Probably on account of the decrease in his business, Mr. Burnham, in 1808, removed to Zanesville, taking his family and his goods up the river in pirogues.  The pirogue was a boat much used in those days, and was almost the only mode of transportation up the rivers.  It was similar to a canoe, only larger, being hewn from large poplar or pine trees, and was often forty or fifty feet in length, carrying four or five tons, and requiring several men to manage it.

In Zanesville, Mr. Burnham opened a public house, on Main street.  In 1803, Zanesville contained but ten houses, and Springfield, now Putnam (now Zanesville - Ed. Reg.) on the opposite side of the Muskingum river, contained but fifteen.  Although Zanesville had not been long settled, it was growing rapidly when Mr. Burnham went there.  It was one of the most important towns in the interior of the State, being on the line of travel from the West and Southwest, including Kentucky and Tennessee, to the East.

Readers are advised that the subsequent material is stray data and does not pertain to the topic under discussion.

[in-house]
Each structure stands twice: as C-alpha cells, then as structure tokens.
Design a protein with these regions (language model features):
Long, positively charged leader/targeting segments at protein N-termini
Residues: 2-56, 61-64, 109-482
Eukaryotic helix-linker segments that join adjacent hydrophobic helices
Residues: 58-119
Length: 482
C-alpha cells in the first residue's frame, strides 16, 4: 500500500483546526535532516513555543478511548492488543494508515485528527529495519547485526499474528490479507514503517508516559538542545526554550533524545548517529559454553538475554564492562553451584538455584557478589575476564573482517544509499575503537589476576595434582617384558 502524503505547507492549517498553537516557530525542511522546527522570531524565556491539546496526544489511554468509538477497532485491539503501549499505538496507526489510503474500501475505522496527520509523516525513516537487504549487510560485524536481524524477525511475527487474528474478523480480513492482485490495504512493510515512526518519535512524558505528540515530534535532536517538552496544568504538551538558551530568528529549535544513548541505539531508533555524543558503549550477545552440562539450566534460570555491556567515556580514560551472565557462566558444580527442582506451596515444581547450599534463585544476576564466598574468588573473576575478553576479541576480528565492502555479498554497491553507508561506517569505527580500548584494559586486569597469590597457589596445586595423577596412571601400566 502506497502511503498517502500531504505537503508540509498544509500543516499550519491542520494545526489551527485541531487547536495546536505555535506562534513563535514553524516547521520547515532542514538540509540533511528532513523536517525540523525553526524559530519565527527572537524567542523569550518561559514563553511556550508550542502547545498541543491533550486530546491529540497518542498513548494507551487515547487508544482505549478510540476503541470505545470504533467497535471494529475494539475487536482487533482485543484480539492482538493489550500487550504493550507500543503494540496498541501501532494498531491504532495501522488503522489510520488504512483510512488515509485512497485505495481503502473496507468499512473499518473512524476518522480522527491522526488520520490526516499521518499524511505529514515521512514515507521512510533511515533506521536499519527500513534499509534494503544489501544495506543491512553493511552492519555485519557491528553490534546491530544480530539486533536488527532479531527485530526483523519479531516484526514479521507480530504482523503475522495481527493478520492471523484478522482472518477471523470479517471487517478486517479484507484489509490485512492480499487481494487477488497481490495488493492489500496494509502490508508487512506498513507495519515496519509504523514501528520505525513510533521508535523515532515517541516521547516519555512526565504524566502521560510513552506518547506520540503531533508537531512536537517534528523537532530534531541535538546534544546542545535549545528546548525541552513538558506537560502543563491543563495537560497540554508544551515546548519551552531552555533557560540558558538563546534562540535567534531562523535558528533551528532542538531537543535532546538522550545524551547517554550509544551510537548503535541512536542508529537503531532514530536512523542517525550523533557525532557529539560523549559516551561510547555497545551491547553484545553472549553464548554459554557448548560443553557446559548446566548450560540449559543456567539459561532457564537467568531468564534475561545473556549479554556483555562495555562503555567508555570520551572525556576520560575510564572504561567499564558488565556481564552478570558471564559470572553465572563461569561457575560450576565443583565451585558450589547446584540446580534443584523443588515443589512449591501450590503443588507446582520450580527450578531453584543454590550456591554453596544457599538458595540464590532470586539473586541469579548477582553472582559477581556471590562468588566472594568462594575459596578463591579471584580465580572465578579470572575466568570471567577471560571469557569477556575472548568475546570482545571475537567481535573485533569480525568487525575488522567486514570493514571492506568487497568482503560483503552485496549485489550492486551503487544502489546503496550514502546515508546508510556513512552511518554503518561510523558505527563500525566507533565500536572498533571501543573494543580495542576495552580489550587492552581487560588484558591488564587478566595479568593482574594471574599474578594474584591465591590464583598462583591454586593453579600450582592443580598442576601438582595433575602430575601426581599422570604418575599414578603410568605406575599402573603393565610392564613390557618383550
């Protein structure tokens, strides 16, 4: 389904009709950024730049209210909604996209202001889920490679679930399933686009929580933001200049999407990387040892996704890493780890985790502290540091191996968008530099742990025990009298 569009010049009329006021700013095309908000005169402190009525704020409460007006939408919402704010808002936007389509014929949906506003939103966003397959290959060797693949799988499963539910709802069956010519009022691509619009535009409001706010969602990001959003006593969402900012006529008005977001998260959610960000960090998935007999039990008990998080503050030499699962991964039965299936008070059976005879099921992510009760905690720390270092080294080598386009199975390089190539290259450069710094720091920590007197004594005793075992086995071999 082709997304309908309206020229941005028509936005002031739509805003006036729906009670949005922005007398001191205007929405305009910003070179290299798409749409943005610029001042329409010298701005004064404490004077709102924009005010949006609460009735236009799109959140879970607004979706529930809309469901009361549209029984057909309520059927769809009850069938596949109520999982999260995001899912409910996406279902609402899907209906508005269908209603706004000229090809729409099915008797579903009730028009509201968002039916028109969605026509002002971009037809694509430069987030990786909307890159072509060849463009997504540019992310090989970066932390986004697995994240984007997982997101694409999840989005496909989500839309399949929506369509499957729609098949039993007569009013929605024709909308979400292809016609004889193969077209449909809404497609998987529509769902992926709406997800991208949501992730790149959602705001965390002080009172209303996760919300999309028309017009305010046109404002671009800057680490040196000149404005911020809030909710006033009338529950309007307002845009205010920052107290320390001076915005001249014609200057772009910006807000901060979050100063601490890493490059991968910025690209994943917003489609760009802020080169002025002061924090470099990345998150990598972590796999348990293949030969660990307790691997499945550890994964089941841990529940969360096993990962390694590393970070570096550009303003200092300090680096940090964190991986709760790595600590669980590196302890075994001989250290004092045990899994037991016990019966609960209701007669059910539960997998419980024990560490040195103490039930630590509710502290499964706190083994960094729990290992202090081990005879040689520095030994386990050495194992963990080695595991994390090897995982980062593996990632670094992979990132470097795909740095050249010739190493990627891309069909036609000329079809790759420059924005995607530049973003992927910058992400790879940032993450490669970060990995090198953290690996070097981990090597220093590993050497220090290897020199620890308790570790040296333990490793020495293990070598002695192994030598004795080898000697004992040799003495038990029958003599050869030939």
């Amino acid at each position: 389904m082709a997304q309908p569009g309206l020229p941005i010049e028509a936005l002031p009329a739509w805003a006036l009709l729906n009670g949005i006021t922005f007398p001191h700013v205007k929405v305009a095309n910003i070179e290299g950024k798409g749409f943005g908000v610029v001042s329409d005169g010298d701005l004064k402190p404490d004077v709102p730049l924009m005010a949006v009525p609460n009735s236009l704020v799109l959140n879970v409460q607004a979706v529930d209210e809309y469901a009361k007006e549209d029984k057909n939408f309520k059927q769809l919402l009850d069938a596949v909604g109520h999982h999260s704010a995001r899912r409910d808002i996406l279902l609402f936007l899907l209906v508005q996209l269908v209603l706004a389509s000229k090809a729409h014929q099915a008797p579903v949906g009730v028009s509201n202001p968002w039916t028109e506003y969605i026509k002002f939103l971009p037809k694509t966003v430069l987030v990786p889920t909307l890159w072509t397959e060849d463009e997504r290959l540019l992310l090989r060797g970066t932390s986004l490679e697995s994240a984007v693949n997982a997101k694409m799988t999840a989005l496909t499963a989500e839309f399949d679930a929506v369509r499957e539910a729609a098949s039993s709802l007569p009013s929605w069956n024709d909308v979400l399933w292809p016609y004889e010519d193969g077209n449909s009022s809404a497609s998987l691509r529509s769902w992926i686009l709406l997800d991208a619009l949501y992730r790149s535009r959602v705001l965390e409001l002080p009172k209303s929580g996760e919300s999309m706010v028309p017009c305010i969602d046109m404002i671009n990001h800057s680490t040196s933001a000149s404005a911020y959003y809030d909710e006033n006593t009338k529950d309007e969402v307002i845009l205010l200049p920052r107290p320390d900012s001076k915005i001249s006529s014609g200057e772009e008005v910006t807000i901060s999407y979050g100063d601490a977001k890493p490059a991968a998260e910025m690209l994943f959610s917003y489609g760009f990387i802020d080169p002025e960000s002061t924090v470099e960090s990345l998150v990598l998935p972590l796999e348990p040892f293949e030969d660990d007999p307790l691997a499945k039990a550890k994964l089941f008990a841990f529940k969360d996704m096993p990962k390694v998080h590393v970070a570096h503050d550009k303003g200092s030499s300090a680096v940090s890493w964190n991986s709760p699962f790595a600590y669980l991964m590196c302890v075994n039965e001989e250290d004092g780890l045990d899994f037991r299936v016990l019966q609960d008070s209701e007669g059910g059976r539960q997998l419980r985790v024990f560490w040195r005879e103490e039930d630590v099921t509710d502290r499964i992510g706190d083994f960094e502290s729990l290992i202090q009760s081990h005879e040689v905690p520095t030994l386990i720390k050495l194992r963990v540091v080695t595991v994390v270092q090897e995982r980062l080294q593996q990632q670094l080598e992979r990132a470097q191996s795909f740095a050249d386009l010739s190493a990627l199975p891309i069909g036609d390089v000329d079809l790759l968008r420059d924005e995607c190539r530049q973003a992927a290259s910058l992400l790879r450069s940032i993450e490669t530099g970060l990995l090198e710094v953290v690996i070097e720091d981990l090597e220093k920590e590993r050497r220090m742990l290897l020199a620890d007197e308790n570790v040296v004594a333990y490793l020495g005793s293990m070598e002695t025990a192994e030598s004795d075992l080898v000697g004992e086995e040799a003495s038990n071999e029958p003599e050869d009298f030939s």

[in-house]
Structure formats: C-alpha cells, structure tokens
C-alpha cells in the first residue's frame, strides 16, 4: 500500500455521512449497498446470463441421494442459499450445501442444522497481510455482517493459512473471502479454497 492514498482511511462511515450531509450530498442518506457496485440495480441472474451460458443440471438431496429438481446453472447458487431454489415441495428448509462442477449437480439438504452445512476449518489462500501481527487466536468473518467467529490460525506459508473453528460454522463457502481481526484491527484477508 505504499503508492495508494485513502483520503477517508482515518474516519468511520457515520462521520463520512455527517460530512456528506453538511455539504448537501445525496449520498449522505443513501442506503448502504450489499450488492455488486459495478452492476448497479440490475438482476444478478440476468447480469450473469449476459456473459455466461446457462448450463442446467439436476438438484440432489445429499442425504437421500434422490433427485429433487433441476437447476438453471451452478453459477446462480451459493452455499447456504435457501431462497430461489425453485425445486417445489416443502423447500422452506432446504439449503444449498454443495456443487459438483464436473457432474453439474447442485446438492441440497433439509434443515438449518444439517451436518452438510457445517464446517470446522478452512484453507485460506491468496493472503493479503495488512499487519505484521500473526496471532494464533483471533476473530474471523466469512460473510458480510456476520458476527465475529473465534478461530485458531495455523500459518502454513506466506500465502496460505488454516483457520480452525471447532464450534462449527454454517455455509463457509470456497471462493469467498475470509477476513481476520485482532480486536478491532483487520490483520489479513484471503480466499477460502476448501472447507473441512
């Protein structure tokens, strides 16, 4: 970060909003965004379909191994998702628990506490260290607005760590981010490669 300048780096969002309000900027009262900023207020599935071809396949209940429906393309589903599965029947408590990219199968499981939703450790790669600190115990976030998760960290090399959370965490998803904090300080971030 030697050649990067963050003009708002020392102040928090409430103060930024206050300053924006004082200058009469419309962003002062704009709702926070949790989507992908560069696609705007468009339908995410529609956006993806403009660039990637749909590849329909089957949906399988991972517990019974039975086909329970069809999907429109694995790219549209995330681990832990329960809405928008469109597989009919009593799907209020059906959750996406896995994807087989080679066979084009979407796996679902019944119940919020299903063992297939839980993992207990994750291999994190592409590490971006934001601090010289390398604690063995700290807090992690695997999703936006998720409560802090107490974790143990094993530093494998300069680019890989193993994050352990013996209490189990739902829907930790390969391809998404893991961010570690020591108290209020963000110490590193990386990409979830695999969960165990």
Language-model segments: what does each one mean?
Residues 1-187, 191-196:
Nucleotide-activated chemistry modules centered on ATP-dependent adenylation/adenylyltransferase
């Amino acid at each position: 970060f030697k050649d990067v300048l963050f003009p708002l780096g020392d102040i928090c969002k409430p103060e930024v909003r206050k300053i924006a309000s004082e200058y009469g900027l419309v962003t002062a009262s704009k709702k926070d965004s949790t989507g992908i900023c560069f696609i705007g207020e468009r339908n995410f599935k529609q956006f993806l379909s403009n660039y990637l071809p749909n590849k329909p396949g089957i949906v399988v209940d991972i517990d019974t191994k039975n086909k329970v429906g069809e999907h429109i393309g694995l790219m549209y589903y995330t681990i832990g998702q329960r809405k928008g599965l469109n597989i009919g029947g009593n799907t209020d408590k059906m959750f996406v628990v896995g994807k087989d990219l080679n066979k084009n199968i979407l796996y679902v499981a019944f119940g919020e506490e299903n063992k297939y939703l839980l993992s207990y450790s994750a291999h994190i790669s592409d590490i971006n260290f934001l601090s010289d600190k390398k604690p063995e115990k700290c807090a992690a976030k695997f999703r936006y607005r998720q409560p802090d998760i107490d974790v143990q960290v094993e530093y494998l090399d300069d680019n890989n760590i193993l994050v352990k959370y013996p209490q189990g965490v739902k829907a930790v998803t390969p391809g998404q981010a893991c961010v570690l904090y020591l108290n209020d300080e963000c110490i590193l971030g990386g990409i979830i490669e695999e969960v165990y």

In May, 1796, Congress passed an act granting to Ebenezer Zane three sections of land in Ohio - one section at the crossing of the Muskingum river, where the city of Zanesville is now situated; one section at the crossing of the Hock Hocking, at what is now Lancaster; and one on the Scioto river, opposite what is now Chillicothe - on condition that he should open a road from a point opposite Wheeling, Virginia, through Zanesville, Lancaster, and Chillicothe, to a point opposite Limestone, now Maysville, Kentucky, establishing ferries on the Muskingum, the Hock Hocking, and the Scioto, at the points named above - there being no towns there at that time.  The road was to be opened by January 1, 1797.  Patents to be issued to him on the opening of the road to travel.  It is presumed that the road was completed according to the act of Congress, as these patents were issued to Mr. Zane.  The income from the ferries belonged to Mr. Zane also.  The opening of this road was an era in the history of the State, and it became a very important thoroughfare, and continued to be such until the establishment of steam navigation on the Ohio, about 1820, drew off a great part of the Southern and Southwestern travel.